Home » Iranian soccer star Voria Ghafouri arrested for criticizing government

Iranian soccer star Voria Ghafouri arrested for criticizing government

by Mahmmod Shar

CBS News

Iran arrested a prominent former member of its national soccer team on Thursday over his criticism of the government as authorities grapple with nationwide protests that have cast a shadow over its competition at the World Cup.

The semiofficial Fars and Tasnim news agencies reported that Voria Ghafouri was arrested for “insulting the national soccer team and propagandizing against the government.”

Ghafouri, who was not chosen to go to the World Cup, has been an outspoken critic of Iranian authorities throughout his career. He objected to a longstanding ban on women spectators at men’s soccer matches as well as Iran’s confrontational foreign policy, which has led to crippling Western sanctions.

More recently, he expressed sympathy for the family of a 22-year-old woman whose death while in the custody of Iran’s morality police ignited the latest protests. In recent days he also called for an end to a violent crackdown on protests in Iran’s western Kurdistan region.

The reports of his arrest came ahead of Friday’s World Cup match between Iran and Wales. At Iran’s opening match, a 6-2 loss to England, the members of the Iranian national team declined to sing along to their national anthem and some fans expressed support for the protests.

Prior to that gesture, the team had lost support from fellow Iranians for its meeting with hardline Iranian President Ebrahim Raisi, Holly Dagres, a senior fellow at the Atlantic Council, told CBS News this week.

Dagres said that while the team remaining silent during the anthem “may seem very significant, many Iranians were already disappointed in the team’s behavior during the past week.”

In addition to the meeting with Raisi, Dagres said photos showing the players celebrating their World Cup entry, as “protesters were being slain in the streets by security forces,” left many Iranians to view their team “as not representative of them, but of the clerical establishment.”

The protests started after Mahsa Amini, a Kurdish woman detained by Tehran’s morality police on September 16, died. They quickly turned into widespread protests demanding the overthrow of the Islamic Republic. Both Amini and Ghafouri are from the country’s western Kurdish region, which has been the focal point of the demonstrations. On Thursday, businesses in the area were closed as a result of calls for a general strike.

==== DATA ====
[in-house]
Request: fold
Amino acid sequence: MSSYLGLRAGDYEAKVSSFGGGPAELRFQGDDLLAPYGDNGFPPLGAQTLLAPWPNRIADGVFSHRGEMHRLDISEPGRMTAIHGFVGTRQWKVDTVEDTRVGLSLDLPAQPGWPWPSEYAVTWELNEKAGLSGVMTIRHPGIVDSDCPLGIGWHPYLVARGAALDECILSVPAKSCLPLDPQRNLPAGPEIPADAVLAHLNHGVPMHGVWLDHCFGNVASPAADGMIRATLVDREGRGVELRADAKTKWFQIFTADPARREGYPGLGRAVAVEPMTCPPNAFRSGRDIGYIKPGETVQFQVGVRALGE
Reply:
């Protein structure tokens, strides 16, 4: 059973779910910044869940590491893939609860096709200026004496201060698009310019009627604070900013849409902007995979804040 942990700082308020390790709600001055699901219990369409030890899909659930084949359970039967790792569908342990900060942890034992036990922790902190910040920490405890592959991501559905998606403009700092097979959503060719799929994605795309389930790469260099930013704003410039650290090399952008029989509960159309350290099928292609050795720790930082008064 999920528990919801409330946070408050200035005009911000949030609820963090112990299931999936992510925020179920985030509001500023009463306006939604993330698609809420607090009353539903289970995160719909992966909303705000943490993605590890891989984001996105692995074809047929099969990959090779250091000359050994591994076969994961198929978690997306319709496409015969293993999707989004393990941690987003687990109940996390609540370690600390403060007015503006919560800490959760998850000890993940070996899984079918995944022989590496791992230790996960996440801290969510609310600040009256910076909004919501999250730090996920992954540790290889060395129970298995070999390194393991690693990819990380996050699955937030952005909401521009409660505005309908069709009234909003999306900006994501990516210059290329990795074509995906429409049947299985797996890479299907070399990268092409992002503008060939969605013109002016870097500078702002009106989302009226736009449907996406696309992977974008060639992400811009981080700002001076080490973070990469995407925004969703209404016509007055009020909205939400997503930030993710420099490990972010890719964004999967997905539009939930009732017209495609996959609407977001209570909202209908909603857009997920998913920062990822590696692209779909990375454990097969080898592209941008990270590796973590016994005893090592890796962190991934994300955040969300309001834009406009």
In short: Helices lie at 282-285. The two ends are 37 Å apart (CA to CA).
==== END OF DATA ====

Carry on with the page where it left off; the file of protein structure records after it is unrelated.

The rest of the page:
Iranian authorities are silent on whether Ghafouri’s activism played a role in his exclusion from the national team. He represents the Khuzestan Foolad team in Ahvaz, a city in the southwest. Later on Thursday, according to the unofficial ILNA news agency, the club’s chairman, Hamidreza Garshasbi, resigned.

One of the biggest challenges to Iran’s ruling clerics since the 1979 Islamic Revolution that put them in power, the protests show no signs of abating. Rights organizations claim that security forces beat and arrested protesters as well as used live ammunition and bird shot on them, with much of the violence being captured on video. Iran executed a person last week for taking part in the demonstrations.

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At least 442 protesters have been killed and more than 18,000 detained since the start of the unrest, according to Human Rights Activists in Iran, a group that has been monitoring the protests.

The U.N. Human Rights Council voted Thursday to condemn the crackdown and to create an independent fact-finding mission to investigate alleged abuses, particularly those committed against women and children.

Authorities have blamed the unrest on hostile foreign powers, without providing evidence, and say separatists and other armed groups have attacked security forces. Human Rights Activists in Iran says at least 57 security personnel have been killed, while state media have reported a higher toll.

The protesters say they are fed up after decades of social and political repression, including a strict dress code imposed on women. Young women have played a leading role in the protests, stripping off the mandatory Islamic headscarf to express their rejection of clerical rule.

Some Iranians are actively rooting against their own team at the World Cup, associating it with rulers they view as violent and corrupt. Others insist the national team, which includes players who have spoken out on social media in solidarity with the protests, represents the country’s people.

The team’s star forward, Sardar Azmoun, who has been vocal about the protests online, was on the bench during the opening match. In addition to Ghafouri, two other former soccer stars have been arrested for expressing support for the protests.

Other Iranian athletes have also been drawn into the struggle.

At a global competition in South Korea in October, Iranian rock climber Elnaz Rekabi competed without donning the required headscarf, a decision that was widely interpreted as showing support for the demonstrations. Upon her return to Iran, protesters gave her a hero’s welcome while she claimed that the action was “unintentional” in a possible coerced interview with state media.

After Iran’s beach soccer team defeated Brazil at an international competition in Dubai earlier this month, the Iranian Football Federation threatened to punish the players on the team. After scoring a goal, one of the players mimicked a female protester cutting off her hair as a way to celebrate.

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